NASHVILLE — Gov. Bill Haslam's plan to lay off more than 200 state workers this month struck a pothole late Monday afternoon when a Davidson County judge issued a temporary restraining order after state employees filed suit.
The suit charges top state officials violated provisions in law surrounding a 60-day notice for affected employees.
Circuit Court Judge Amanda McClendon granted employees' request for a restraining order and has scheduled a hearing for this coming Monday in the case, said attorney Larry Woods, who is representing the Tennessee State Employees Association and a group of individual state workers, including several from Hamilton County.
TSEA Executive Director Robert O'Connell said the suit was filed with "great reluctance" after last-minute meetings with state officials, including Human Resources Commissioner Rebecca Hunter, failed to produce results.
Contacted Monday night, Haslam Communications Director Alexia Poe said by email "it wouldn't be appropriate for us to comment on potential/pending litigation."
While the state provided the notices throughout April, officials did not comply with a section that says soon-to-be-fired employees be given "career counseling, job testing, and placement efforts," the suit says.
That's because the state's Department of Human Resources on May 9 took down the agency's Neogov online service that employees must use to find job openings and apply for them, according to state employees.
Hiring is now frozen and the site doesn't come back up until June 19 -- a day after 72 state Labor and Workforce Development workers are slated to lose their jobs following notices provided April 19.
Another 126 employees in the Department of General Services were given notice on April 25 that they were losing their jobs on June 28. The state is outsourcing management and maintenance of state office buildings to Chicago-based Jones Lang LaSalle, a real estate services firm.
Woods said the suit seeks to enjoin the Haslam administration from dismissing or terminating any state employees in the current reduction-in-force actions "unless they receive 60 days of career counseling, job testing and placement" services.
The suit says Haslam, Hunter, who is a former Hamilton County personnel director, and other state officials are running afoul of protections lawmakers inserted in Haslam's own 2012 civil service overhaul.
The state employees' group initially opposed the legislation, saying it would wreck protections and open the way to political patronage. But TSEA's O'Connell said the group accepted the bill after lawmakers inserted protections including the 60-day notice and the chance to move elsewhere within state government.
But O'Connell as well as several state employees have told the Times Free Press in recent days no such assistance is being provided because of the Neogov site being taken offline by Hunter's department.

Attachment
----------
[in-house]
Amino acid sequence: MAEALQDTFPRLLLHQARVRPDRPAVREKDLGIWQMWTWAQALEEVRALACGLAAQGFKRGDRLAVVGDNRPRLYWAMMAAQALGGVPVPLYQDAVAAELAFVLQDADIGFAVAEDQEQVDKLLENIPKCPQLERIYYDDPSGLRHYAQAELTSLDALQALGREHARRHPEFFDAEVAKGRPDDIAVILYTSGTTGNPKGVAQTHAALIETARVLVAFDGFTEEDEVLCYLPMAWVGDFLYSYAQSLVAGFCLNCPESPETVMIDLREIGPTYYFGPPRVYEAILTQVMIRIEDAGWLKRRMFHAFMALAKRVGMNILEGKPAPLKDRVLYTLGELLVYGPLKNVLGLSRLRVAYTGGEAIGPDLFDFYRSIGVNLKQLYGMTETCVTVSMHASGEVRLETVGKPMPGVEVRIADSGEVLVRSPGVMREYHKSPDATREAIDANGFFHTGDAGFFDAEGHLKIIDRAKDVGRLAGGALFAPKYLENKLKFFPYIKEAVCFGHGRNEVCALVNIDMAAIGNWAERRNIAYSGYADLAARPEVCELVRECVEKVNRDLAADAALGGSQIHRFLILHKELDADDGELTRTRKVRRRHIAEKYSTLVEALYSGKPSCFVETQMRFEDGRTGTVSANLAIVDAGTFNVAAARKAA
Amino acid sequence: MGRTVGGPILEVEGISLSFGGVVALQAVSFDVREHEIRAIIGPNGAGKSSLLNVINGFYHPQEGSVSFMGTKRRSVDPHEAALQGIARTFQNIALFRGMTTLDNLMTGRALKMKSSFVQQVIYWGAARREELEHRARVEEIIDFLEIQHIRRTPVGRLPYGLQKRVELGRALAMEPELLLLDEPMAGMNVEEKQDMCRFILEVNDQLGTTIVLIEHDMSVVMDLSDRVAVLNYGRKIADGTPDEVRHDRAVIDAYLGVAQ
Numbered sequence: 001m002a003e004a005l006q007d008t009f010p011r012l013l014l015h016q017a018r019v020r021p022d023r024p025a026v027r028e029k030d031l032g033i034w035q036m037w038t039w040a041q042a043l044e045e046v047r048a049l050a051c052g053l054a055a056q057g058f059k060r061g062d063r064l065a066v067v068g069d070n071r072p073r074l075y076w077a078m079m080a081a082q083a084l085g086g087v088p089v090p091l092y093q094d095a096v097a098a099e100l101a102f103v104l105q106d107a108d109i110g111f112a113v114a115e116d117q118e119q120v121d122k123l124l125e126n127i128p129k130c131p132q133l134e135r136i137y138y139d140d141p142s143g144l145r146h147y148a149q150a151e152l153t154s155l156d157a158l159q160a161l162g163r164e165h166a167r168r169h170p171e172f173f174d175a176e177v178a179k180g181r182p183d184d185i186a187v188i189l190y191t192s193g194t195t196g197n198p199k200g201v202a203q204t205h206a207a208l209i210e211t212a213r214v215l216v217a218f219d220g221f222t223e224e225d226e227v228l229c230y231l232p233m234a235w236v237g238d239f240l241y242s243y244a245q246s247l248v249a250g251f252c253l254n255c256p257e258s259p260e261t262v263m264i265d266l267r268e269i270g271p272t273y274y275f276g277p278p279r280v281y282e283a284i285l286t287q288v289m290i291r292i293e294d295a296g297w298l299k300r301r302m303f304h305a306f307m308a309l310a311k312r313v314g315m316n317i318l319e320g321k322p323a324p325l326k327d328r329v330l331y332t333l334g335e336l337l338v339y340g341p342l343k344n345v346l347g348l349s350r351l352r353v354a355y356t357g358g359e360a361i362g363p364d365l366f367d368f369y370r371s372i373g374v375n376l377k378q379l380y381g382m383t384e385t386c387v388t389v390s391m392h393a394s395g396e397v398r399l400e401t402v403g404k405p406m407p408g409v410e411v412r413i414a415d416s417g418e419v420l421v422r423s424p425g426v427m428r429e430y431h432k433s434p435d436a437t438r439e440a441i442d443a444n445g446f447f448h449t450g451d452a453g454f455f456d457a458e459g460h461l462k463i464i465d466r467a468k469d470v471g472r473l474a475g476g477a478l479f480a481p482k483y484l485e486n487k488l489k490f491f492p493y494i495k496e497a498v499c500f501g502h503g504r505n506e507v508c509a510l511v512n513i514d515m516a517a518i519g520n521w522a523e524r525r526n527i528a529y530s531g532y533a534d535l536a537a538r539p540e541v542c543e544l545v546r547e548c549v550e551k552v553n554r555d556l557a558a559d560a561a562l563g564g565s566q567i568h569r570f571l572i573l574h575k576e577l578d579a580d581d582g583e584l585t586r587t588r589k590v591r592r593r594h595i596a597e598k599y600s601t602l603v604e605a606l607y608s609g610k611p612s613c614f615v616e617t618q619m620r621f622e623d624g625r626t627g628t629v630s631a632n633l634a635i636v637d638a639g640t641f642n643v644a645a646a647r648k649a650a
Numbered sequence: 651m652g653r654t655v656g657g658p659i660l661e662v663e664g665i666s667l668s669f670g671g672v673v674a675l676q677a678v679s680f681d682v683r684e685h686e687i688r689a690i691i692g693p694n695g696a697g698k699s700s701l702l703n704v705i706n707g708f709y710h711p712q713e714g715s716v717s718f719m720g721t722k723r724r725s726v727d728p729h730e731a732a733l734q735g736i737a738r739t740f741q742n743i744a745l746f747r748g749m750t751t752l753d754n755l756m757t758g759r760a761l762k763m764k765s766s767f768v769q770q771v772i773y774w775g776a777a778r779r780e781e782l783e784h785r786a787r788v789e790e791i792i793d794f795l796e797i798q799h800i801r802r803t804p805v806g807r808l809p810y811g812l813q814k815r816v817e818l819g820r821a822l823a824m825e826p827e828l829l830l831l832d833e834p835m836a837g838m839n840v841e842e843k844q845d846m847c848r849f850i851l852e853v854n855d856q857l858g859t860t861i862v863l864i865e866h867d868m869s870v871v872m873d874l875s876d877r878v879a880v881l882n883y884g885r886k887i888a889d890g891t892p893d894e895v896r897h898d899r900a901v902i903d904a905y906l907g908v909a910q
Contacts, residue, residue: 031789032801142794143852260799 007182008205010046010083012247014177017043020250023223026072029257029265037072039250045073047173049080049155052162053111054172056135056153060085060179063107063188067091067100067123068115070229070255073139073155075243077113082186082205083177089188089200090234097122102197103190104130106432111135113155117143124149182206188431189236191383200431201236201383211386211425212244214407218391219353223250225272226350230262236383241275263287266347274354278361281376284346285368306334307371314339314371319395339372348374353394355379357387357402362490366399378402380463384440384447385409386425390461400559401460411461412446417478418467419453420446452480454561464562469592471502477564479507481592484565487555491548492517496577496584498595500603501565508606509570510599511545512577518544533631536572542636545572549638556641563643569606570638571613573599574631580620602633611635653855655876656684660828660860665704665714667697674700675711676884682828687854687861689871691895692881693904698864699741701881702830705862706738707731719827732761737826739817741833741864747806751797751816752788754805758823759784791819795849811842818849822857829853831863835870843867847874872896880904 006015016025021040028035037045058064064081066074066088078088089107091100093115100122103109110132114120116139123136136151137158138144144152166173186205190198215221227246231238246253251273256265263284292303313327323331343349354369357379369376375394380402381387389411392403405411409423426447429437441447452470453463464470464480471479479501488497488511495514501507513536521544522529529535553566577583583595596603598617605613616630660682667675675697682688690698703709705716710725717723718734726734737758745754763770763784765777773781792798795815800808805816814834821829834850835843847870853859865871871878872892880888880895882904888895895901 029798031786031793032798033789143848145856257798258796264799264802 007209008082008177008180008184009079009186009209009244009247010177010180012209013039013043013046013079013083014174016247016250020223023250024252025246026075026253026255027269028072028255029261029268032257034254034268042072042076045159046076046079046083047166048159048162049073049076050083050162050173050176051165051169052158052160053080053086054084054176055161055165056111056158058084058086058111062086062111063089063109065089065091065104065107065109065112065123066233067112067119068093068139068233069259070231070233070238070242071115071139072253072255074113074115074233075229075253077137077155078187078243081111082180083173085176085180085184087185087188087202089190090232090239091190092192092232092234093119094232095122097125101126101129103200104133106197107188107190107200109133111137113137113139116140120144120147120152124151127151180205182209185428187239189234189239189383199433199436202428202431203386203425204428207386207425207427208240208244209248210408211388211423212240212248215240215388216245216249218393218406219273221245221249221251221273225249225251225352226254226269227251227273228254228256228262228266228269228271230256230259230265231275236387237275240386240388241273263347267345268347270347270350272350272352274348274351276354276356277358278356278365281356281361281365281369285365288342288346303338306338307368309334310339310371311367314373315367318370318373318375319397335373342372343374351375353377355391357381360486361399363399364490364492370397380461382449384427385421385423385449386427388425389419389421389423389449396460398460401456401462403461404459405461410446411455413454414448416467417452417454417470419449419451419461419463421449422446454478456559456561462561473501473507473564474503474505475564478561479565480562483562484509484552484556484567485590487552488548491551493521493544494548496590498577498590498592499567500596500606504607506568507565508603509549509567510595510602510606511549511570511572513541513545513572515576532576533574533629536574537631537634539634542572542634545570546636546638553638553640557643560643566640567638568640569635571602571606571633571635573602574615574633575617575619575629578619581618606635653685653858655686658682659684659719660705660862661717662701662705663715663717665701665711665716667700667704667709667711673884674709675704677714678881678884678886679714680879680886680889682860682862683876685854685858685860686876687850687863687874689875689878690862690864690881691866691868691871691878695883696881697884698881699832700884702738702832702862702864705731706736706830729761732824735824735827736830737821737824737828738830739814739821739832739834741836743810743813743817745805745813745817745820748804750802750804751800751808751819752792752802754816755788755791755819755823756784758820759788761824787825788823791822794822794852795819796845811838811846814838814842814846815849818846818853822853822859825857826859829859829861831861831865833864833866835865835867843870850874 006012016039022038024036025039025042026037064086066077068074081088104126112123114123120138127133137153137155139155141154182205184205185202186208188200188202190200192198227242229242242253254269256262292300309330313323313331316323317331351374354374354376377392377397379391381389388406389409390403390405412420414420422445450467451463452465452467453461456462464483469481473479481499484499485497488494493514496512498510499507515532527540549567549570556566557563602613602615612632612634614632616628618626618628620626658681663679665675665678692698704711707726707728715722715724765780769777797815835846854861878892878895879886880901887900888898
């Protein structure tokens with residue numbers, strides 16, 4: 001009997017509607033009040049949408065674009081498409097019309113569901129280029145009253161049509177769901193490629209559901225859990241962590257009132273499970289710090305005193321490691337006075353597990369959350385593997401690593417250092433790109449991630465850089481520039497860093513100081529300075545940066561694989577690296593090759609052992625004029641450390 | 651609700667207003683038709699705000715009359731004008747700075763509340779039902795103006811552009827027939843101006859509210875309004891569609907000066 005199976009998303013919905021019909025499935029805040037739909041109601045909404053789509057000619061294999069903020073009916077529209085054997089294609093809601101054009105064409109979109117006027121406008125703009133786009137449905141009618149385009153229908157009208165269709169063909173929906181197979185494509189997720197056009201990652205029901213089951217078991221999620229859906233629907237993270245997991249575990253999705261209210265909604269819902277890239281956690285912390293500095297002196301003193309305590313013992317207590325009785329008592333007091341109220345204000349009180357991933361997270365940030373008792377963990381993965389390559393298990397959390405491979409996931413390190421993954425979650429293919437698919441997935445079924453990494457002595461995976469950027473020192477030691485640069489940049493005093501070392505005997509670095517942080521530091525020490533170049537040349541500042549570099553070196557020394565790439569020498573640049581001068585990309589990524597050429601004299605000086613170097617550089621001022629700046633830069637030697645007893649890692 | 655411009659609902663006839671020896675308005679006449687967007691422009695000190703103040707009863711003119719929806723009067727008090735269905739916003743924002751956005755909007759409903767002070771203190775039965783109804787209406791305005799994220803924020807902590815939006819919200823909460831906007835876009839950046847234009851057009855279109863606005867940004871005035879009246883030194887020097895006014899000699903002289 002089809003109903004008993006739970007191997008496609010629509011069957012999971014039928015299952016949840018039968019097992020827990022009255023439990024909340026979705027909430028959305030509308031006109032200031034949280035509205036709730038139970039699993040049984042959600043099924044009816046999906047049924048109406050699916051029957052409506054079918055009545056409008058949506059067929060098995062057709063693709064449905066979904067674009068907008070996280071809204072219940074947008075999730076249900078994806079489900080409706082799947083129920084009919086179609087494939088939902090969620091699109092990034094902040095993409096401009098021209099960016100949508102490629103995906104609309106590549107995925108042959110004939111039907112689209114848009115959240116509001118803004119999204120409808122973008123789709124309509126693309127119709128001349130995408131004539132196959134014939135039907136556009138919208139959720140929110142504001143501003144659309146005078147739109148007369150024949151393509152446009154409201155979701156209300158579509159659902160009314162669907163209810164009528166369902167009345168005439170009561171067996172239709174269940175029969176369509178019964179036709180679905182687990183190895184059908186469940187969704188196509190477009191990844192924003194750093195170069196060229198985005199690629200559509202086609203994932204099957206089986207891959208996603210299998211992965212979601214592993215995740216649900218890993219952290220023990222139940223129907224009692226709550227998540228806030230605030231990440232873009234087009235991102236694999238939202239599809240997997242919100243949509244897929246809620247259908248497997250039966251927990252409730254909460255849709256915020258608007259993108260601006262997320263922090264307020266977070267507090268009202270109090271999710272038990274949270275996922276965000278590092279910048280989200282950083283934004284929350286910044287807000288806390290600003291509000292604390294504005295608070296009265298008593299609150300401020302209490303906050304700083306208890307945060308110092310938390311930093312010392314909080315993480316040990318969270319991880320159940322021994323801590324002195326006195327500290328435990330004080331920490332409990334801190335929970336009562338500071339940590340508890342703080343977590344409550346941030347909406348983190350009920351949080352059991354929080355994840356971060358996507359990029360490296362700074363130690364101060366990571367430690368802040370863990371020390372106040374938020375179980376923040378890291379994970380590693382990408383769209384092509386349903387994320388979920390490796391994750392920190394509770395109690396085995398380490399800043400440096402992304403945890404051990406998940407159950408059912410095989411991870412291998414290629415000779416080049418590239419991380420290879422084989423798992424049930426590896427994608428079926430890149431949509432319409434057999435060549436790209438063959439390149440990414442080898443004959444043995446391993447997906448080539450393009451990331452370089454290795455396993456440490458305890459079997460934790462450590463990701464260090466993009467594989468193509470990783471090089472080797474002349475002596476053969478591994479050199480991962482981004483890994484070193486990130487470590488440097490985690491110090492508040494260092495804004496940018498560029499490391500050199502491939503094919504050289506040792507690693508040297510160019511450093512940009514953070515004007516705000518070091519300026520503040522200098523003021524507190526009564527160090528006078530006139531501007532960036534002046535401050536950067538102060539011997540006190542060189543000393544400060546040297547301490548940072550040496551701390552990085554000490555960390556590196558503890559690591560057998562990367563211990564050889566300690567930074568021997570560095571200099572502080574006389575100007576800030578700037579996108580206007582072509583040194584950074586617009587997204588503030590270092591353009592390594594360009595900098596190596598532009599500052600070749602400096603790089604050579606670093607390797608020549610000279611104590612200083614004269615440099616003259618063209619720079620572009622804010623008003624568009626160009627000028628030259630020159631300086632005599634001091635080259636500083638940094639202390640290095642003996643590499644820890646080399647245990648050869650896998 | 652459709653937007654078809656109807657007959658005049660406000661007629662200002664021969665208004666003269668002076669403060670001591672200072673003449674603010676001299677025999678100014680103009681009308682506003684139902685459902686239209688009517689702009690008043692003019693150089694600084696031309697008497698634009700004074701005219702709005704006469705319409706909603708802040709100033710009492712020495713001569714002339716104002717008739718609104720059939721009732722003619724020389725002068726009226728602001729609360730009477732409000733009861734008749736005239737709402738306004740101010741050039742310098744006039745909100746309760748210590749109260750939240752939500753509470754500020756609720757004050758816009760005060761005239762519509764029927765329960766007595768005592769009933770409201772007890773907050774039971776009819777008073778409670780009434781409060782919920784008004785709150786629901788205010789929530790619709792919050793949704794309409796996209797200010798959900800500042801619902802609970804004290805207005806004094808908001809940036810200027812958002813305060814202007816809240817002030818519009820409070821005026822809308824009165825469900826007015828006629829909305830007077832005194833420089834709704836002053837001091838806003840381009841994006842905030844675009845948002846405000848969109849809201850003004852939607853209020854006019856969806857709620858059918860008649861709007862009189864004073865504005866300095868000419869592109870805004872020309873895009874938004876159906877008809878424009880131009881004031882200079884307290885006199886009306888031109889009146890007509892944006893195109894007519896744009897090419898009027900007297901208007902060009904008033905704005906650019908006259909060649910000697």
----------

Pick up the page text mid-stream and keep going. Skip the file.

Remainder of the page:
"We don't like to sue the state," O'Connell said. "It was only because we weren't getting anywhere."
Woods said "we made the point that you can't expect hundreds of people in shock from losing their decades-old jobs" to move quickly, he said.
Hunter's spokesman, John McManus, said last week in response to inquiries that officials took down the site to make long-planned "adjustments."
"In preparation, advanced notice of the suspension was provided and the department posted on our website 699 available jobs open for hire," he said in an email.
"All employees affected by reductions in force due to budget cuts were given notice far in advance and offered information on how to apply for another job. In the month prior to the system lockdown, the Department of Human Resources received and processed over 40,000 applications for employment."
He said any employee affected by a reduction in force "will still be guaranteed a priority interview for another year should they choose to apply for another position in state government. The department works closely with affected employees to provide job placement and career counseling and we plan to continue this service."
The suit seeks a permanent injunction in a final judgment barring layoffs without notice and hearing as well as "without concurrently listing open state jobs that said employees may apply for and seek and without providing counseling, placement and testing for said employees" as required for the 60-day period.
Contact staff writer Andy Sher at email@example.com or 615-255-0550.
Andy Sher is a Nashville-based staff writer covering Tennessee state government and politics for the Times Free Press. A Washington correspondent from 1999-2005 for the Times Free Press, Andy previously headed up state Capitol coverage for The Chattanooga Times, worked as a state Capitol reporter for The Nashville Banner and was a contributor to The Tennessee Journal, among other publications. Andy worked for 17 years at The Chattanooga Times covering police, health care, county government, ...
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